Guys like Darroll Powe, Claude Giroux, and Ryan Parent really stepped up for the Flyers. That bodes well for the future. Not as well as say living in Pittsburgh, but at least it’s something.
And it’s probably for the best that the Flyers got bounced in six. Scott Hartnell had to be back at the circus on Monday.
Tortorella has become a sideshow. But putting aside his questionable coaching demeanor for a second, doesn’t his suspension merely send a message to fans that it’s a good thing to spill beer on opposing coaches? Dump a beer, pick a fight, and get the coach booted for next game.
And far be it from me to be Mr. Conspiracy Theory – although I’ll be happy to break down the NWO, Bilderbergs, and Bohemian Grove whenever you want – but it’s kind of convenient the league is stepping in to cripple Alexander Ovechkin’s opposition on the eve of Game Six. Could you imagine if it was Crosby and the Pens benefiting from this “suspension”? We’d never hear the end of it.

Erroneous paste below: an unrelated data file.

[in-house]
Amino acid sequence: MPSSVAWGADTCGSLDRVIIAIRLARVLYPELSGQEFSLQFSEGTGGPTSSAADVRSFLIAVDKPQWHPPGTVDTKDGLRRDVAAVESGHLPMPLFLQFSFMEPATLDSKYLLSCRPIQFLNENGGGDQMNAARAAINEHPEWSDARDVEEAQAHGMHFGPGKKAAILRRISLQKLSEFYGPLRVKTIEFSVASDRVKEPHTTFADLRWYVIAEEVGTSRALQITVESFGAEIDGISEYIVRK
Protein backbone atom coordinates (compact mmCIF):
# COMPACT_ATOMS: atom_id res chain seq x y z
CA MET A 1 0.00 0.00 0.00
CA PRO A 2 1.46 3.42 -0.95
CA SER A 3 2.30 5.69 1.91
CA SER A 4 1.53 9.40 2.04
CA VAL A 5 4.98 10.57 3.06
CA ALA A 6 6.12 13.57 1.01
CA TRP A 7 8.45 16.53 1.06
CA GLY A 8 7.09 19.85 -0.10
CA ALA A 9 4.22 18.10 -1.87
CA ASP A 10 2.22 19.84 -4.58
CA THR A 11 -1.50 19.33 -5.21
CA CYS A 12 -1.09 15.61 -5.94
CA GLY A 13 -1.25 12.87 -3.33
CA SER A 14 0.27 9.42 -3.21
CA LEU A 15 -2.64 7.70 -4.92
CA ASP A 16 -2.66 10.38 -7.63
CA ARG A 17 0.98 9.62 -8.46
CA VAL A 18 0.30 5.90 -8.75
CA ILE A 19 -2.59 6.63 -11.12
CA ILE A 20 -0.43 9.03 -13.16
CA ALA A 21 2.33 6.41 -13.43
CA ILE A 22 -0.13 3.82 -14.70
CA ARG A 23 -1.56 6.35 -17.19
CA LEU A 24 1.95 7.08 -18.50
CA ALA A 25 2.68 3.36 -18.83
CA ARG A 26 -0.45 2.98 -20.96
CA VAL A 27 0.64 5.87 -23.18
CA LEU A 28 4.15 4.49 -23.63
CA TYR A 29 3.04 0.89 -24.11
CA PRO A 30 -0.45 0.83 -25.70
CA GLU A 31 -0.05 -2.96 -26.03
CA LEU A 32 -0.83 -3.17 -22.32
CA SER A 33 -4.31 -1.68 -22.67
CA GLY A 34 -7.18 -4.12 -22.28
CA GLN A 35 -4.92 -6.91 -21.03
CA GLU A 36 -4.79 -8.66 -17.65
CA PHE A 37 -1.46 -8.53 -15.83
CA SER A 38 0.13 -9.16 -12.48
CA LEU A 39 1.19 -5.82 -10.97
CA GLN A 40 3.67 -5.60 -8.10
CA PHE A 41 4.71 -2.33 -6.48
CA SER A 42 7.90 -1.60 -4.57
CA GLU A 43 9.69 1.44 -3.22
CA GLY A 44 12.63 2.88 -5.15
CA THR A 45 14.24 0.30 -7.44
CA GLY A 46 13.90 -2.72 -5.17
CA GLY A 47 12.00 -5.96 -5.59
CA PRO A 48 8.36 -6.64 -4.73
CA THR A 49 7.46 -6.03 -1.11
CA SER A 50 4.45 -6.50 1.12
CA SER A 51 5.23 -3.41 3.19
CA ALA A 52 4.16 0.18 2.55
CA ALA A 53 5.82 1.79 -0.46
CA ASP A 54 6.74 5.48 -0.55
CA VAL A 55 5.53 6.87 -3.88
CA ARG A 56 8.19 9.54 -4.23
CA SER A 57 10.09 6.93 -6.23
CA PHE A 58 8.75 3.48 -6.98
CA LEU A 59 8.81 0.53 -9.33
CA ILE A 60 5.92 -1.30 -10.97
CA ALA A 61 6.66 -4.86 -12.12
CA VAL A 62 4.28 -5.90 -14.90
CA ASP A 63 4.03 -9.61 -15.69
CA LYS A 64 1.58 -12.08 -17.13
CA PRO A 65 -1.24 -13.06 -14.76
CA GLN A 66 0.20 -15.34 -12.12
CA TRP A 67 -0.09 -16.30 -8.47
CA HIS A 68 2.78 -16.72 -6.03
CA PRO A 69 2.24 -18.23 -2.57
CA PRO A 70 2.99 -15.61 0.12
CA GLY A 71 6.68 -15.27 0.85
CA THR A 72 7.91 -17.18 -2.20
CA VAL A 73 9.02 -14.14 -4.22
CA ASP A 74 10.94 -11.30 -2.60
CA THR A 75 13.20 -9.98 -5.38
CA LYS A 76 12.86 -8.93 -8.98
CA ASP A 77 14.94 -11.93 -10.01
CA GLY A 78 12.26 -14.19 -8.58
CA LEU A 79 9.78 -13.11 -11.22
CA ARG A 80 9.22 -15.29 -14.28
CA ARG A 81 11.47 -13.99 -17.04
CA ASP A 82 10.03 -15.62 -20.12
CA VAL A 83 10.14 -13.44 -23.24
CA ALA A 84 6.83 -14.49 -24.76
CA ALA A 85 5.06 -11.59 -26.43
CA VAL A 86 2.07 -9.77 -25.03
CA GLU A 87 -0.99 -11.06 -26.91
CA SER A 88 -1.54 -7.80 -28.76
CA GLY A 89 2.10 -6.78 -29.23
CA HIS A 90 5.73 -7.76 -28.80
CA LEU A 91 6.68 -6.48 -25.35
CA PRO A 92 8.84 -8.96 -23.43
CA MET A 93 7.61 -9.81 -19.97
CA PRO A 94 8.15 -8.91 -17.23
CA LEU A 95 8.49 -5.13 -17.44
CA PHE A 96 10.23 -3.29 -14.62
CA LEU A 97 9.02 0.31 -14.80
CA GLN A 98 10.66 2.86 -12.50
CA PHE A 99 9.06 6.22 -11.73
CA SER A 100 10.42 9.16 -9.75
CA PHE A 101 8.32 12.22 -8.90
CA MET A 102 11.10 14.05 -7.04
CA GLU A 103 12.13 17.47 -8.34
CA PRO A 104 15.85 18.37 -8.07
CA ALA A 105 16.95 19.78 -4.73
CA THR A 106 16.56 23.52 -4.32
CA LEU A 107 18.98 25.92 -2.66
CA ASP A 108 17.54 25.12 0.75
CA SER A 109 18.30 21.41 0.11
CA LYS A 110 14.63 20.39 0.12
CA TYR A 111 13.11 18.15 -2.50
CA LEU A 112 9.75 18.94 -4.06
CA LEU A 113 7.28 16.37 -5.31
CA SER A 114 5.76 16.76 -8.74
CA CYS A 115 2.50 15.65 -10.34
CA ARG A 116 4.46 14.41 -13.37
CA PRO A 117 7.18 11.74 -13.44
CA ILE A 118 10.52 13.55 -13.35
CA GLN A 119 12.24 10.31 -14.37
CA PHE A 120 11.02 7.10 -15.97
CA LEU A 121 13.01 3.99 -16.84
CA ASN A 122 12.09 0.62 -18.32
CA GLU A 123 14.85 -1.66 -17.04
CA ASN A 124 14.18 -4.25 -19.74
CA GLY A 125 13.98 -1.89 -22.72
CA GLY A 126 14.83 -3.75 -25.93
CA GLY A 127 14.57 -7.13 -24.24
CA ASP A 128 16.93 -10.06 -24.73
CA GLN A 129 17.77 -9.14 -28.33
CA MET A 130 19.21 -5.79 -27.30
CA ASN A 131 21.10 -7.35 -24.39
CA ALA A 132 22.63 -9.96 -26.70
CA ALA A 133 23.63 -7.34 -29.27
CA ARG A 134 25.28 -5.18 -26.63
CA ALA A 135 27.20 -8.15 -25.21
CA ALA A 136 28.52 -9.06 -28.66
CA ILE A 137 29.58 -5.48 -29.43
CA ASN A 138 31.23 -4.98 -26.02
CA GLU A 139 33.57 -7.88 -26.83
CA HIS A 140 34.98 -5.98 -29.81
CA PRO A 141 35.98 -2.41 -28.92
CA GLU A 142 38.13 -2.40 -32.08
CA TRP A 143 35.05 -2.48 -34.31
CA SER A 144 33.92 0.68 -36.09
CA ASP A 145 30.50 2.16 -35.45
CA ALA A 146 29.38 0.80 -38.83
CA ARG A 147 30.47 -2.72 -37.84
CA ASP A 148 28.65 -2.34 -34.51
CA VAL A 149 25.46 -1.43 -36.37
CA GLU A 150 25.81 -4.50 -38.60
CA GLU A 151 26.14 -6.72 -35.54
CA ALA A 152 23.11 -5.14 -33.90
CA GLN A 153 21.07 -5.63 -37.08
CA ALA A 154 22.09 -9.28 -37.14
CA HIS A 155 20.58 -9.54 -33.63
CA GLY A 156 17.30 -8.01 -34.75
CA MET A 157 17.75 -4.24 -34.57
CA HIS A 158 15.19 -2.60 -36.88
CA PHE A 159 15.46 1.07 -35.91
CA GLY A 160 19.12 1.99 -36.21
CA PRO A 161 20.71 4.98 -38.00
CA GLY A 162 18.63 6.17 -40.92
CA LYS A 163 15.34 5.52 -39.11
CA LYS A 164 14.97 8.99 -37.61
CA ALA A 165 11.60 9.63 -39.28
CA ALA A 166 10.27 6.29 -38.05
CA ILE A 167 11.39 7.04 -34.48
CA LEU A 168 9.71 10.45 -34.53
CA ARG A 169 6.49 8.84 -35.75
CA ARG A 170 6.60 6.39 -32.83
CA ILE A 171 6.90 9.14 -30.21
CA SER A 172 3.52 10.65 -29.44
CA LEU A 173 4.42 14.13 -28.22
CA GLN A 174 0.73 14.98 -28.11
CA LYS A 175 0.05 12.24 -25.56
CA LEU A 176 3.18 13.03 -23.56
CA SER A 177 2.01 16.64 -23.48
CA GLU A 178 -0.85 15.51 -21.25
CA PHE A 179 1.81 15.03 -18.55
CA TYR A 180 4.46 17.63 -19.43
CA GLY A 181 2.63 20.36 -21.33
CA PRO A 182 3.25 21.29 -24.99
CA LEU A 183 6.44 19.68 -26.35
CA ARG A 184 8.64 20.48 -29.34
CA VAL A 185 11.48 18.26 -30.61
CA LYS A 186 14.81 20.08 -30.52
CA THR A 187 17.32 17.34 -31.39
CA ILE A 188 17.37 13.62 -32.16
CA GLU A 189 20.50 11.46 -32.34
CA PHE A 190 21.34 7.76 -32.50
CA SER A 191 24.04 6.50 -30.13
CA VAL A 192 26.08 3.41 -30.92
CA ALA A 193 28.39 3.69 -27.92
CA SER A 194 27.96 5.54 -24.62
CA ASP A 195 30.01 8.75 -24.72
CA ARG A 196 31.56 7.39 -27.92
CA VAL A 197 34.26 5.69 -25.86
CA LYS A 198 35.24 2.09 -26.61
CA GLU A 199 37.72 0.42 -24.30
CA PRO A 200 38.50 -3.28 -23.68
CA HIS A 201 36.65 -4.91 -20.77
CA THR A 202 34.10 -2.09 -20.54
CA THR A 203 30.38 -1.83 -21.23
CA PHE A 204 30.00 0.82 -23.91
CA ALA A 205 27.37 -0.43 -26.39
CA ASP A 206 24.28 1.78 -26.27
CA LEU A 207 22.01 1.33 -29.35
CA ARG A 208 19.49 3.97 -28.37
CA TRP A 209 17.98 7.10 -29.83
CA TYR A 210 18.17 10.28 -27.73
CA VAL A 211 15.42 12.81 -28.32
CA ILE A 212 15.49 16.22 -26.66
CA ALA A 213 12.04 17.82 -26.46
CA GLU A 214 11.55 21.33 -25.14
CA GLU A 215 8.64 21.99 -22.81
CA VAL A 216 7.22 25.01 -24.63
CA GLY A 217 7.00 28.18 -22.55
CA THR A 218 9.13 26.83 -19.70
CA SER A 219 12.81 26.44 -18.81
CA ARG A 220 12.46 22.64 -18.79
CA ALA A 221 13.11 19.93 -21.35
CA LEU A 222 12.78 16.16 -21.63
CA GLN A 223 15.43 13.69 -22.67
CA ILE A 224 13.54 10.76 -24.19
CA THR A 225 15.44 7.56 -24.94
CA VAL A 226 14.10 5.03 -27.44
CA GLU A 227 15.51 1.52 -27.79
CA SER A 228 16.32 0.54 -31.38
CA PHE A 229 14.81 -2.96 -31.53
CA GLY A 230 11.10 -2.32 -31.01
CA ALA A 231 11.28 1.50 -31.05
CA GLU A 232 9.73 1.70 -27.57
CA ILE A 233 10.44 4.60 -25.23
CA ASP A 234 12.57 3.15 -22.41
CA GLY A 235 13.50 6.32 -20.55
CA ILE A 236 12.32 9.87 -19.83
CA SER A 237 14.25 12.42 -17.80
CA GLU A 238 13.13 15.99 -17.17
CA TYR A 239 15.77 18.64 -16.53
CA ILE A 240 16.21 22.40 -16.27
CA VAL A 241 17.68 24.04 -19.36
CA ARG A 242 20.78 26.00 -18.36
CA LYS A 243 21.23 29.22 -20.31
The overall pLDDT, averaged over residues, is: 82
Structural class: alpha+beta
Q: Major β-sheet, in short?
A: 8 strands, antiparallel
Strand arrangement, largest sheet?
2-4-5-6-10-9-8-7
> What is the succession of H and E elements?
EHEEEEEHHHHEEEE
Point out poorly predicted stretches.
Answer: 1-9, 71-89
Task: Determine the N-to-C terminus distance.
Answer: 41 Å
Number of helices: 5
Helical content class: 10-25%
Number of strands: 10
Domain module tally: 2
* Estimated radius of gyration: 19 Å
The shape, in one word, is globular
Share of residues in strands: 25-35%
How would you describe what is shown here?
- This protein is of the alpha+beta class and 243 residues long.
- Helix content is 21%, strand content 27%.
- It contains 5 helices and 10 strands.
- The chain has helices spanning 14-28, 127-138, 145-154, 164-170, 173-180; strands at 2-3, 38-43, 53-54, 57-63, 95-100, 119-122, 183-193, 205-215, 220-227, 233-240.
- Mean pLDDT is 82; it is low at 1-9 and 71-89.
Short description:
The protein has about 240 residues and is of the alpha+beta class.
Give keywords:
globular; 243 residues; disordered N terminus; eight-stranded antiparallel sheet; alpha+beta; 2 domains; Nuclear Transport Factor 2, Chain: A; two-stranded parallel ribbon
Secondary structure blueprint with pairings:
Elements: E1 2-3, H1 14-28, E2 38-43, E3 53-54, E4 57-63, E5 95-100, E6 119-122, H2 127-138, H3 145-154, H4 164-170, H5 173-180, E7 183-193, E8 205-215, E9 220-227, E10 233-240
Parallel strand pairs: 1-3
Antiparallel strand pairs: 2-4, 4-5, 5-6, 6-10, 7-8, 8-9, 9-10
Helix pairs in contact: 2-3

I picked the Blueshirts to beat the Caps in six, and I was looking like a genius until Tortorella went all oatmeal north of the eyebrows. Then again, maybe not having Torts behind the bench will be a blessing. And I’ve got the perfect solution. Make Avery the player-coach. Done and done.
Listen, every Stanley Cup champion gets tested. Adversity comes with the gig. This is San Jose's chance to prove all the critics wrong. And I picked the Sharks in seven, so I'll actually be rooting for them. But if they lose, it's no big thing. I've got a shoebox full of Joe Thornton jokes ready to roll.